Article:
Find the fluff, kill it, then rip it apart

Something interesting’s happening to our ethical compass. There was a time (not very long ago) when any criticism of the woolly concept of “Green” would have been met with howls of derision and contempt.
I venture that the Green Ethic had, for a while, the trappings of a fundamentalist religion: dogma supported by dubious factual claims and backed by a strong-armed army of the self-righteous.
It seems to me that this cloud of green fluff is now being ripped apart. There’s now a willingness to focus on the individual issues that populate the Green agenda. Some stand up to scrutiny, some don’t.
This is surely a good thing, because our well-meaning actions will only be of benefit if we act on evidence rather than fear.
The current economic situation is the main driver, although there are some other influences. There are several recent examples of counter-arguments challenging the old assumptions such as GM crops coming back on the agenda, consumer behaviour changing as the credit crunch bites, organics losing their virtuous aura, scepticism growing over climate change causes, and the arguments for nuclear energy getting stronger.
OK, these stories are very selective, but there’s definitely more debate.


3 Responses to “Find the fluff, kill it, then rip it apart”

  1. 1 Charles Frith June 23, 2008 at 2:20 am

    Its my belief that the granular details are not important. It’s frugality we should adapting to for reasons that are only partially to do with climate change. There’s a logic to frugality that we have lost in the 20th century and need to secure again pronto. The details? They’re obvious. Use less, pay more.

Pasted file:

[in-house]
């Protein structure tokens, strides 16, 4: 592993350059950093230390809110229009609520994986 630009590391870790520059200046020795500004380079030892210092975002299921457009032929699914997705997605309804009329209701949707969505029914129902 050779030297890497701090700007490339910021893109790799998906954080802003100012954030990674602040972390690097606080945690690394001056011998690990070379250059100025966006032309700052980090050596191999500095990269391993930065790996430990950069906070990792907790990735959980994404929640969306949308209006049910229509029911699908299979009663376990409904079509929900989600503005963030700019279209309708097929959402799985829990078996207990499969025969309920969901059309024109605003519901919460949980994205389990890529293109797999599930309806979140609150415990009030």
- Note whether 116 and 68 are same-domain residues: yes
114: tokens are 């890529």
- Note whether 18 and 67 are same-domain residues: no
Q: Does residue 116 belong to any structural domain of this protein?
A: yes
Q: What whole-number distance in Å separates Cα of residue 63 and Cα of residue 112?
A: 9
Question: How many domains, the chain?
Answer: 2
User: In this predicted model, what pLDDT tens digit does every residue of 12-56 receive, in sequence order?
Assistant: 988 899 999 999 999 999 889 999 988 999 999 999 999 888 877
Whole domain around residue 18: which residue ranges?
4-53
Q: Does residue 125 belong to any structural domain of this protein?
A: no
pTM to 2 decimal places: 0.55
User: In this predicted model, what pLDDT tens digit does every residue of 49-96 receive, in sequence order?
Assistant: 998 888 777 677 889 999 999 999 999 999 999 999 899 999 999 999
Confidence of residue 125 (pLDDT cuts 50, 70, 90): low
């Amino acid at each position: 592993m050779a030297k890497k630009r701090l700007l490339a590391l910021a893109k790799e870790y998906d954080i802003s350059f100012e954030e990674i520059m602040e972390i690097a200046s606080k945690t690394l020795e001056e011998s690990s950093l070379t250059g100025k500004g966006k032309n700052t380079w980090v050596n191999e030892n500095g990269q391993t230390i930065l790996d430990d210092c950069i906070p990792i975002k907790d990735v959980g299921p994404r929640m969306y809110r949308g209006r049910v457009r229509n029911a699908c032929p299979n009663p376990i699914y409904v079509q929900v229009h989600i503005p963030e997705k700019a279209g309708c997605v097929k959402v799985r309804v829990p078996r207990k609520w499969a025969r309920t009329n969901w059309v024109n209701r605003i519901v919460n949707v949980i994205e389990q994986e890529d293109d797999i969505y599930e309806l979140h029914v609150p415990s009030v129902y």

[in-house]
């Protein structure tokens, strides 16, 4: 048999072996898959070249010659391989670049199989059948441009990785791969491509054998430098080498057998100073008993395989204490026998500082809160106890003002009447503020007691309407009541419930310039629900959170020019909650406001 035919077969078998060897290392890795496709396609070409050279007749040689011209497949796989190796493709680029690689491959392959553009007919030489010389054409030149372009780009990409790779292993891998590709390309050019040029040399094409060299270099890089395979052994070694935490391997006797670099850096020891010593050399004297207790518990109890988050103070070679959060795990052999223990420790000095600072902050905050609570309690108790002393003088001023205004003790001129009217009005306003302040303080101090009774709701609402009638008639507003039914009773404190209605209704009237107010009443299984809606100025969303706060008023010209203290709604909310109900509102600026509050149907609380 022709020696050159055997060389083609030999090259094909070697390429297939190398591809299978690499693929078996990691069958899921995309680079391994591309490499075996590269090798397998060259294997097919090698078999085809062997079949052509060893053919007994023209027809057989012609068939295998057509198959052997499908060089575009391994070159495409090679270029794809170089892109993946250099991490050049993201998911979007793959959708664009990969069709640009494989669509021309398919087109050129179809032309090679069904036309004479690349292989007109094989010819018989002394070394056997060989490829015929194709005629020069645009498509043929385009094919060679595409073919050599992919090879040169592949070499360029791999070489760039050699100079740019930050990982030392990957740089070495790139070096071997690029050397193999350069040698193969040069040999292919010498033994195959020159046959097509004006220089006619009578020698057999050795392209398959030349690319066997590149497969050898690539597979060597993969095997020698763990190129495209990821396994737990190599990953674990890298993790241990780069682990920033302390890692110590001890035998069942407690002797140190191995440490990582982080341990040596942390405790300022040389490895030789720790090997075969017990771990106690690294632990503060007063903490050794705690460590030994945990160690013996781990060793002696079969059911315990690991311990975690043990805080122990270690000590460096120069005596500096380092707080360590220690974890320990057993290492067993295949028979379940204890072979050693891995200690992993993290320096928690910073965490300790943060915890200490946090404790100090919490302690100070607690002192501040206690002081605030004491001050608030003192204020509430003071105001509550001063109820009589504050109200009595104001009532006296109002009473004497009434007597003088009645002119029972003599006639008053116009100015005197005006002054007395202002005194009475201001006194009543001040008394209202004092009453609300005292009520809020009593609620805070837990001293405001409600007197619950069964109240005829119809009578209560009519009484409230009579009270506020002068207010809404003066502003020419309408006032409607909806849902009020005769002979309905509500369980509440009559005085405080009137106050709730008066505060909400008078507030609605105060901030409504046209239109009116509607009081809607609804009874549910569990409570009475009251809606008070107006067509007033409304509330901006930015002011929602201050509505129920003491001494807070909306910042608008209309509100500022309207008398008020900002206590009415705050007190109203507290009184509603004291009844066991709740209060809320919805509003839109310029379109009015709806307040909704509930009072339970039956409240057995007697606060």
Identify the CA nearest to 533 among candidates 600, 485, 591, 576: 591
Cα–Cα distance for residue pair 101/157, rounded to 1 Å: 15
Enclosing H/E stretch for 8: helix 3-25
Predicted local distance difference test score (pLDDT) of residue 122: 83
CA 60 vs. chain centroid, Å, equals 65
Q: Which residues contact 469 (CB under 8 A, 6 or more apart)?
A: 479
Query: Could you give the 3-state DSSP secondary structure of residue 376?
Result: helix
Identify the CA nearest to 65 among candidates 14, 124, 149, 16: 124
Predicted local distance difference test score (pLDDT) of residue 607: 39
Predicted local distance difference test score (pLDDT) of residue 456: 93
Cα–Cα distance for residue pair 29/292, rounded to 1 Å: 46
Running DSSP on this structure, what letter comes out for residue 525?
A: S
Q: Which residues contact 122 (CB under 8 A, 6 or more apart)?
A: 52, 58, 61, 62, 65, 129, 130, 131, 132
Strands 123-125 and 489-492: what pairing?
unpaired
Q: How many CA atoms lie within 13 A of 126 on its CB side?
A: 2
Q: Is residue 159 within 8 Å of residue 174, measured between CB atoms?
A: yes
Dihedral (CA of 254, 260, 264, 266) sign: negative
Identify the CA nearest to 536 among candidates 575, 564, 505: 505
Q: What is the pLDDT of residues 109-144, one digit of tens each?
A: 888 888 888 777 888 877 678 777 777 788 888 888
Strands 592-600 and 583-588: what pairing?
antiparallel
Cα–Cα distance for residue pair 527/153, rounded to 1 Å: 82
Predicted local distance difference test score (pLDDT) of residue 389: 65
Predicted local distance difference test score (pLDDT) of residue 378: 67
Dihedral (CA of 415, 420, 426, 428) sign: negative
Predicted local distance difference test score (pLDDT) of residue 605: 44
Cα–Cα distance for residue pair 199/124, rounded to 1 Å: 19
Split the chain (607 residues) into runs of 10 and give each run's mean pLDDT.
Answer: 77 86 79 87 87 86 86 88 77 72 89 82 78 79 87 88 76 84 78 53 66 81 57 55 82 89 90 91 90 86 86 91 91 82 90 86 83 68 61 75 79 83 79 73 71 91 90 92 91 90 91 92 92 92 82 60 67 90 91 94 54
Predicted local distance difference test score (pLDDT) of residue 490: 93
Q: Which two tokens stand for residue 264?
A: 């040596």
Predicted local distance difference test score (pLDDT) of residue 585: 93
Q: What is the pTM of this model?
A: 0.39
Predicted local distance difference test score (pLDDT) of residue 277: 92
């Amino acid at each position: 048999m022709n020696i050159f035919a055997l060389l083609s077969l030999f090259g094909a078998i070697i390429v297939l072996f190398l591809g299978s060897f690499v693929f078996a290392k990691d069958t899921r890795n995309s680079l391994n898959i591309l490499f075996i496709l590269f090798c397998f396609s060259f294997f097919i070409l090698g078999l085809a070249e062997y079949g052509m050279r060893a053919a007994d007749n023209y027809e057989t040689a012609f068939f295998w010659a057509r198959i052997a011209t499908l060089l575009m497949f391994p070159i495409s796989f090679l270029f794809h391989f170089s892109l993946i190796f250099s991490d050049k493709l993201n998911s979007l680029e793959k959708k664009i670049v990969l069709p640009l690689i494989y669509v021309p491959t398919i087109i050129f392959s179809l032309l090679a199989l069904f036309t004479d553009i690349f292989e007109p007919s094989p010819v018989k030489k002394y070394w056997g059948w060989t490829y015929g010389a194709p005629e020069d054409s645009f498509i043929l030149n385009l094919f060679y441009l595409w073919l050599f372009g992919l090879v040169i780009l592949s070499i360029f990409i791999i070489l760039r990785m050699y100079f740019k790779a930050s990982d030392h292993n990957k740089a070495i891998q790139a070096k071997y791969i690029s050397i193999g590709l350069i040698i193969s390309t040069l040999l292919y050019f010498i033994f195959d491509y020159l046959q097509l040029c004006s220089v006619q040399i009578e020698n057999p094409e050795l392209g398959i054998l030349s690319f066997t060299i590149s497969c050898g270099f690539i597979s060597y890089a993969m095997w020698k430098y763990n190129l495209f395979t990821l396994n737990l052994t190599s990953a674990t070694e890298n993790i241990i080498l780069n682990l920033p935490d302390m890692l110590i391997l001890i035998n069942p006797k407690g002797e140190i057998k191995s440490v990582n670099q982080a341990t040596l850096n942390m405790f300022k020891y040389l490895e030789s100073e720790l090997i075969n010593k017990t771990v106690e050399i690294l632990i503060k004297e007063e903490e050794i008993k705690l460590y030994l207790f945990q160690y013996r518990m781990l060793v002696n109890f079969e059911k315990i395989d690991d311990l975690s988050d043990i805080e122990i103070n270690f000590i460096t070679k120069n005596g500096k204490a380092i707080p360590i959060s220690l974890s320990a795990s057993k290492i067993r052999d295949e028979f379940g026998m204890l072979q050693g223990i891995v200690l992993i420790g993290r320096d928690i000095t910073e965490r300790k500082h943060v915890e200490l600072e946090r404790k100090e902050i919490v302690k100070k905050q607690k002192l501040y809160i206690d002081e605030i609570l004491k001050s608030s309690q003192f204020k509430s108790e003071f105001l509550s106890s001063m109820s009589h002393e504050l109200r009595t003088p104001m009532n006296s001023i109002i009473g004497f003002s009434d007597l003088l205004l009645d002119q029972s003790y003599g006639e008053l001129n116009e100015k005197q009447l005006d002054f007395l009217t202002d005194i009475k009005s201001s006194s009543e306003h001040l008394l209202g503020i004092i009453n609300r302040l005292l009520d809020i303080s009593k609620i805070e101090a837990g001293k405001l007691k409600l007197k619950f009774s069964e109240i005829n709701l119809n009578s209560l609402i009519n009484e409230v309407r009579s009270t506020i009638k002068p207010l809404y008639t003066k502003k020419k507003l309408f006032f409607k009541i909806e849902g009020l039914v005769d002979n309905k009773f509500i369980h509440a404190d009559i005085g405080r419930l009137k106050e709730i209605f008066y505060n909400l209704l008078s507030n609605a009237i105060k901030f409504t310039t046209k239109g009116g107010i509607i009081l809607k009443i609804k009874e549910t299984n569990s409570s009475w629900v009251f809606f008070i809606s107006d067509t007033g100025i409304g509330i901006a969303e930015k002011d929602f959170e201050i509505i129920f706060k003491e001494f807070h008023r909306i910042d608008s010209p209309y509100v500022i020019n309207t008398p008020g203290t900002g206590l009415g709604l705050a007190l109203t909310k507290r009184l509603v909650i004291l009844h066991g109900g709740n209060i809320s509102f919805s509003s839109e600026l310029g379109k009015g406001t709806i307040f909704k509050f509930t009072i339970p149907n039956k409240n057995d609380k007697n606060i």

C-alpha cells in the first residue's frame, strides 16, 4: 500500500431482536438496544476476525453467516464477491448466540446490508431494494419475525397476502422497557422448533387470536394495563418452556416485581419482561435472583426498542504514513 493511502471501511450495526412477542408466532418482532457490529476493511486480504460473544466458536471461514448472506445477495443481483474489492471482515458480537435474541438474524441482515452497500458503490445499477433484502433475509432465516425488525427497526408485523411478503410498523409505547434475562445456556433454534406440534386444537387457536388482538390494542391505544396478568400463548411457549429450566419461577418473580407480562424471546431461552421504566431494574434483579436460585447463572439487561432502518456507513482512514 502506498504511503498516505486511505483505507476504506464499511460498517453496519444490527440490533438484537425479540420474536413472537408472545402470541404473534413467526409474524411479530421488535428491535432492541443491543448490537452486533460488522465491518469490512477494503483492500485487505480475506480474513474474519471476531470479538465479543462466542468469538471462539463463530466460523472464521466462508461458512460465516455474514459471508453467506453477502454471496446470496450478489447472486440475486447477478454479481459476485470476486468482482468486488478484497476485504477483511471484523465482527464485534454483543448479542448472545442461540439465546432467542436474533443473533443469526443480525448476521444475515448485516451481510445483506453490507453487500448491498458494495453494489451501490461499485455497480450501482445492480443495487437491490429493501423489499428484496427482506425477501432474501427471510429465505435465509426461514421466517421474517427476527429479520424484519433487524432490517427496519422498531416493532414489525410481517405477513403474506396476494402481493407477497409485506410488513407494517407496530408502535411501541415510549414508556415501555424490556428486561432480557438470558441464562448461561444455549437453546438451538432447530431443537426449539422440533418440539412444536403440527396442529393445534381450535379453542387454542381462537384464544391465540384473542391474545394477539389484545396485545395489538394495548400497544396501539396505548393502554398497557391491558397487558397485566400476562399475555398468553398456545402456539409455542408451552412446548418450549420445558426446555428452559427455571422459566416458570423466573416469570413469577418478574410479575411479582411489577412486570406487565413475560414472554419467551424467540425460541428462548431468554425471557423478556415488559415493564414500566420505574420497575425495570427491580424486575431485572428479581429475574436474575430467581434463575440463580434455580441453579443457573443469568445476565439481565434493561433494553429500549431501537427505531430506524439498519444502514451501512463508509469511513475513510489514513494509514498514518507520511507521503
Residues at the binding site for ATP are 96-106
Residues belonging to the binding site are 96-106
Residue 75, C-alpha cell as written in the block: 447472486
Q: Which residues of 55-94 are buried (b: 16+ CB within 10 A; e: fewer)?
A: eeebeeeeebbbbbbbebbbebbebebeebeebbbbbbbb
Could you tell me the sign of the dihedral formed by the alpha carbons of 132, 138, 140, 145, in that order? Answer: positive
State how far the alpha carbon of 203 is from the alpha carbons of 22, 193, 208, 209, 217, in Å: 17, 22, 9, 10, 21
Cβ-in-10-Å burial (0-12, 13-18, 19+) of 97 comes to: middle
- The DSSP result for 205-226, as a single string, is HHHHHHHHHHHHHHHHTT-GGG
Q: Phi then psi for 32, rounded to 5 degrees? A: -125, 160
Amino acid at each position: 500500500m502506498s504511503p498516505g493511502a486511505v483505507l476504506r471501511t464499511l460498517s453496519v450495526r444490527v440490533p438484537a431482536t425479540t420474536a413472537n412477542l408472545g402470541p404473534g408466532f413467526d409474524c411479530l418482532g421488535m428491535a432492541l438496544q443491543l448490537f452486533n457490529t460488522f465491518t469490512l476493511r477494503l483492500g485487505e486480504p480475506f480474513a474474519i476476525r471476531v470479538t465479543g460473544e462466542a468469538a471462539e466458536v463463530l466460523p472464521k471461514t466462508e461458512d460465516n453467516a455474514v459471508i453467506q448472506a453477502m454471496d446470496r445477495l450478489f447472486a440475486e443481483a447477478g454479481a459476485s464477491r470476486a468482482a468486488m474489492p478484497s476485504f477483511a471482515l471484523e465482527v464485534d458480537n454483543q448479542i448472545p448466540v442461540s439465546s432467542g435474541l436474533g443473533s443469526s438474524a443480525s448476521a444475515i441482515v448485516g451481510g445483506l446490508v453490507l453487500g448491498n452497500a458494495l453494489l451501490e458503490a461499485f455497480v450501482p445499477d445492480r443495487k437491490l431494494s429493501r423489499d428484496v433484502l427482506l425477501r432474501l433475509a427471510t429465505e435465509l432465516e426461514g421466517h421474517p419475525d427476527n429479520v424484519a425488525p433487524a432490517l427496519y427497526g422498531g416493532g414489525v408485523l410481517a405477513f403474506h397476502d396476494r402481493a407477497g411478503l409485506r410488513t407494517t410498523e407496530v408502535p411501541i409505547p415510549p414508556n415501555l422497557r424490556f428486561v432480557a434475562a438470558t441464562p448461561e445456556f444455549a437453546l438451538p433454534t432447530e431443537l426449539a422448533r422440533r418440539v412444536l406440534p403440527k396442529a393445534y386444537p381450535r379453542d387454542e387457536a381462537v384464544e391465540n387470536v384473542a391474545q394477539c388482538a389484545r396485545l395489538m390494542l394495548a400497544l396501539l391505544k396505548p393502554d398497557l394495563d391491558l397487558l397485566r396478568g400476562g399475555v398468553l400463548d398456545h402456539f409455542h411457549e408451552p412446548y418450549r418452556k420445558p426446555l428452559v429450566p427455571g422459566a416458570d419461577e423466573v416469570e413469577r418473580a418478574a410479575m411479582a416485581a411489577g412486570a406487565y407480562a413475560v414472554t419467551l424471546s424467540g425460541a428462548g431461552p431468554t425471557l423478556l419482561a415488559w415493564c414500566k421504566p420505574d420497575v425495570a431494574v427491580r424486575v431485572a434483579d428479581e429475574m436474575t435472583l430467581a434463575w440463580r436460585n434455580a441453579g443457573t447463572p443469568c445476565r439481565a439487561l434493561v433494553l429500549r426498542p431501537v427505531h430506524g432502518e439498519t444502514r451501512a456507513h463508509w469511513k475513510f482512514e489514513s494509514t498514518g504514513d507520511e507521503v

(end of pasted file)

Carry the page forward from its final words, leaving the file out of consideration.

2. 2 oldvic June 24, 2008 at 3:44 pm

    True. And the true masters of thrift were our grandparents. Maybe by looking backwards for those lost ideals and skills, we’ll value our older citizens more.

  3. 3 Charles Frith June 25, 2008 at 12:02 am

    Once we’ve got over a century of cheap energy (fossil fuels) and we are forced to slow down a bit I’m sure we’ll put time aside to do things like value our older generation once again.

    Currently to use an oil/drug metaphor that popped into my head, we’re chopping the lines up and looking only at the mirror.

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Self-important bit

I’m Victor Houghton, a, er... something or other in one of the UK’s largest advertising agencies. My job title has a comma in it, which is embarrassing. I’m the chief finder-things-outer with a splash of trends who is lucky to work with all the major functions of the agency, even though I am most closely associated with strategic planning. Everything in this blog has most probably been stolen from other, infinitely more talented people, although the opinions are most definitely my own and not those of the agency.



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